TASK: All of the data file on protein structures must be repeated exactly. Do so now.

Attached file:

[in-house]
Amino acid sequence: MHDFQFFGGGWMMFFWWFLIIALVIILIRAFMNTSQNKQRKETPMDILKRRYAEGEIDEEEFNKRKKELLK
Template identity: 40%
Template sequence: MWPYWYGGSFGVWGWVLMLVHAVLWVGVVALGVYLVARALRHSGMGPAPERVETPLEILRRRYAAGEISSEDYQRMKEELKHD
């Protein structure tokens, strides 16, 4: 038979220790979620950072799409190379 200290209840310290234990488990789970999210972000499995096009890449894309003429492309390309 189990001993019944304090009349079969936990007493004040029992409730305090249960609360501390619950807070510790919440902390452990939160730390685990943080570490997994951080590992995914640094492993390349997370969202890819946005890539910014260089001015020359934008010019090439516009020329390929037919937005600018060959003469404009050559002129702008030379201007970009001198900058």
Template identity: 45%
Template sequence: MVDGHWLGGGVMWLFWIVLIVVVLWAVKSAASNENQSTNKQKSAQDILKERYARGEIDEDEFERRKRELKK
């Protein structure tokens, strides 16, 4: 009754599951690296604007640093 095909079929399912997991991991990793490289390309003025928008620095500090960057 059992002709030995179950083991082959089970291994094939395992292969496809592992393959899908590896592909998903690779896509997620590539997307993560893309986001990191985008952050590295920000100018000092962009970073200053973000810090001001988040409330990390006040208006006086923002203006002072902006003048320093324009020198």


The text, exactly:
[in-house]
Amino acid sequence: MHDFQFFGGGWMMFFWWFLIIALVIILIRAFMNTSQNKQRKETPMDILKRRYAEGEIDEEEFNKRKKELLK
Template identity: 40%
Template sequence: MWPYWYGGSFGVWGWVLMLVHAVLWVGVVALGVYLVARALRHSGMGPAPERVETPLEILRRRYAAGEISSEDYQRMKEELKHD
């Protein structure tokens, strides 16, 4: 038979220790979620950072799409190379 200290209840310290234990488990789970999210972000499995096009890449894309003429492309390309 189990001993019944304090009349079969936990007493004040029992409730305090249960609360501390619950807070510790919440902390452990939160730390685990943080570490997994951080590992995914640094492993390349997370969202890819946005890539910014260089001015020359934008010019090439516009020329390929037919937005600018060959003469404009050559002129702008030379201007970009001198900058």
Template identity: 45%
Template sequence: MVDGHWLGGGVMWLFWIVLIVVVLWAVKSAASNENQSTNKQKSAQDILKERYARGEIDEDEFERRKRELKK
């Protein structure tokens, strides 16, 4: 009754599951690296604007640093 095909079929399912997991991991990793490289390309003025928008620095500090960057 059992002709030995179950083991082959089970291994094939395992292969496809592992393959899908590896592909998903690779896509997620590539997307993560893309986001990191985008952050590295920000100018000092962009970073200053973000810090001001988040409330990390006040208006006086923002203006002072902006003048320093324009020198």